Canadian Forest Service Publications
Effect of drying treatments on warping of 36-year-old white spruce seed sources tested in a provenance trial. 2002. Beaulieu, J.; Girard, B.; Fortin, Y. Ann. For. Sci. 59: 503-509.
Issued by: Laurentian Forestry Centre
Catalog ID: 33517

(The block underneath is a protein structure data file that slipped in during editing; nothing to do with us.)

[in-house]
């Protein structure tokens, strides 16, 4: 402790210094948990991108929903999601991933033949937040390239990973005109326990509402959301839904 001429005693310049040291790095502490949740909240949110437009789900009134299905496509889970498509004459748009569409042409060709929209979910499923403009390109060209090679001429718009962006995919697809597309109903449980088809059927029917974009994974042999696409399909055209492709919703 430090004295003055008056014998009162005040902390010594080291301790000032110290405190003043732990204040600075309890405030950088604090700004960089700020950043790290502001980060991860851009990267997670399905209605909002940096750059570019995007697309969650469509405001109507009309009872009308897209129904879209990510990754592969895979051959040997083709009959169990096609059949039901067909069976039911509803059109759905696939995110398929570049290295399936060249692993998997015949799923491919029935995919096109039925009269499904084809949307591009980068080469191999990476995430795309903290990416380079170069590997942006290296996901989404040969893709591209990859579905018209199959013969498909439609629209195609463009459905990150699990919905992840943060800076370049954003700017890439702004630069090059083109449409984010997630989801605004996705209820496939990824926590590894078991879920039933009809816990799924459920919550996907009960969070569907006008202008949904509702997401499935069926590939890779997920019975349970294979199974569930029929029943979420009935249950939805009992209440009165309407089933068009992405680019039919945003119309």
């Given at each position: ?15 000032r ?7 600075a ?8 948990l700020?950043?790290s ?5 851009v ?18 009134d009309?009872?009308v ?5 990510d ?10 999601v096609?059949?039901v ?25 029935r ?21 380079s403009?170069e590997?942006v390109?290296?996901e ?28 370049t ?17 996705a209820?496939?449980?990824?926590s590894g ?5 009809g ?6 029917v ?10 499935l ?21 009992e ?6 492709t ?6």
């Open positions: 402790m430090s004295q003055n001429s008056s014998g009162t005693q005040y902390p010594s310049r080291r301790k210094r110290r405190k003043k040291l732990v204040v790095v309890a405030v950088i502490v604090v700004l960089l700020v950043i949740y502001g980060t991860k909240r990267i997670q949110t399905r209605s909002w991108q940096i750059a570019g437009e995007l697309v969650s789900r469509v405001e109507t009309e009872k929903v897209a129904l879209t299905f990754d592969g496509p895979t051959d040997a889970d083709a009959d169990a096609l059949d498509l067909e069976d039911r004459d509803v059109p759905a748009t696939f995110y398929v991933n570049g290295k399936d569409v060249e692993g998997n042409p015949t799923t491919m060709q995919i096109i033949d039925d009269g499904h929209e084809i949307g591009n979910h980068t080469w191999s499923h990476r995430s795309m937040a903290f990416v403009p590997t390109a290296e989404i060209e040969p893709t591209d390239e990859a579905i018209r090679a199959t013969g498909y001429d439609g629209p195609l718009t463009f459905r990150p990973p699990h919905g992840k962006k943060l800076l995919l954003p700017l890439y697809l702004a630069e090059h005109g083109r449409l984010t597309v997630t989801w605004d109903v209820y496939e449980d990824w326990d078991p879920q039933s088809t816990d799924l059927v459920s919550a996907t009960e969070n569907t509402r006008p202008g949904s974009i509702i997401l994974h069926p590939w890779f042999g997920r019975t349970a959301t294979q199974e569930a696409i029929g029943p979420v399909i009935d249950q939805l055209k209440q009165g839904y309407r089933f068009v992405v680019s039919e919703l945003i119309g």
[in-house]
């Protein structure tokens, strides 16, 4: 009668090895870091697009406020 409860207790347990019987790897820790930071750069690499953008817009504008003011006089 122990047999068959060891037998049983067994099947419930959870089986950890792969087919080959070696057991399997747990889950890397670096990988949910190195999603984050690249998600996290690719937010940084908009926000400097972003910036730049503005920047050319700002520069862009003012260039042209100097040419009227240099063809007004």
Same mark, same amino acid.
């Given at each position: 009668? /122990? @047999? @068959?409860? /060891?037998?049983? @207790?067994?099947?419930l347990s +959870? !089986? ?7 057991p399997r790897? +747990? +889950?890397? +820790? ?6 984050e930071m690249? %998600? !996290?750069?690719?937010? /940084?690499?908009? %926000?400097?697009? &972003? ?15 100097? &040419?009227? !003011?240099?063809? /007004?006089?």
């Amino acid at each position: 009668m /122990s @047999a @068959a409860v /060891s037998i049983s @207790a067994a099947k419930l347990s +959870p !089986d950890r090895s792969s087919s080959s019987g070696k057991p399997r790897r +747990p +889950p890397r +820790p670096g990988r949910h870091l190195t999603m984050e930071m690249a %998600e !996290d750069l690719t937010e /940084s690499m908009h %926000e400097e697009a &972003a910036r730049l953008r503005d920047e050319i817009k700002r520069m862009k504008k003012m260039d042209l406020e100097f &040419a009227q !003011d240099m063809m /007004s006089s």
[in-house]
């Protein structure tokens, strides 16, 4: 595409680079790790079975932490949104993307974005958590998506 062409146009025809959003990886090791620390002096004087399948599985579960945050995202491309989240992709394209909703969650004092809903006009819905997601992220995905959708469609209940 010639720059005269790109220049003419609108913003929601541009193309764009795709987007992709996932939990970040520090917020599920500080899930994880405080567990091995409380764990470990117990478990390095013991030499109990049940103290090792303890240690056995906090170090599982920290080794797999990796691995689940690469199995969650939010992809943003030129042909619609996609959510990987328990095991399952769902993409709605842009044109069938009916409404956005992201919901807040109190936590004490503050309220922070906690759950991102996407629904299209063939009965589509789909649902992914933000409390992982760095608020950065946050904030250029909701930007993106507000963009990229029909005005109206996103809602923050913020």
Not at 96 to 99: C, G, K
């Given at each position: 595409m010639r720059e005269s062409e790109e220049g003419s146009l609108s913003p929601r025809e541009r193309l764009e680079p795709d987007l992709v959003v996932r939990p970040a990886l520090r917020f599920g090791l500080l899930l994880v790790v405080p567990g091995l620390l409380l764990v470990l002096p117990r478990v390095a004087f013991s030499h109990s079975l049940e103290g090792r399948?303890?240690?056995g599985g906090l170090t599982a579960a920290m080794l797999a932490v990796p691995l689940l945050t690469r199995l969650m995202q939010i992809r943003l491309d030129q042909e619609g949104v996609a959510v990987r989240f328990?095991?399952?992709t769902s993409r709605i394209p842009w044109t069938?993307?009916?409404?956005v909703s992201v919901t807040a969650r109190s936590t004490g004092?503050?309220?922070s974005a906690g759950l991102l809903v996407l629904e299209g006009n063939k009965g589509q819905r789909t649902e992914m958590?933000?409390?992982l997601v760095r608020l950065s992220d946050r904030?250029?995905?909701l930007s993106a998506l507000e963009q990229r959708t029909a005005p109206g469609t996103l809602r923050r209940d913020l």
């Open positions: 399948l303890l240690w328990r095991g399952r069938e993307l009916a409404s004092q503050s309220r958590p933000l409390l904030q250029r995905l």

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Wood from plantations will increasingly become a major source of supply for the lumber industry and this raw material is likely to have characteristics much different from those of the wood harvested in natural forests. This could require costly adjustments to manufacturing processes to maintain the quality of the end-use products. In Canada, white spruce (Picea glauca [Moench] Voss) is one of the main reforestation species and one of the most extensively used for lumber. In this study we investigated the genetic variation in warping in kiln drying of 25 white spruce provenances grown in a plantation and one from a second-growth forest stand. All of them were from the Great Lakes – St. Lawrence region. Two drying treatments were applied, i.e. conventional and high-temperature drying. For bow, crook and twist warp defects after drying, significant differences were not found among the provenances tested, nor between the drying treatments. However, significant differences were revealed between the mean of all provenances (plantation-grown) and wood from second-growth forests for crook and twist defects. The high proportion of tree to tree variation provides grounds for hope of rapid gains through mass selection.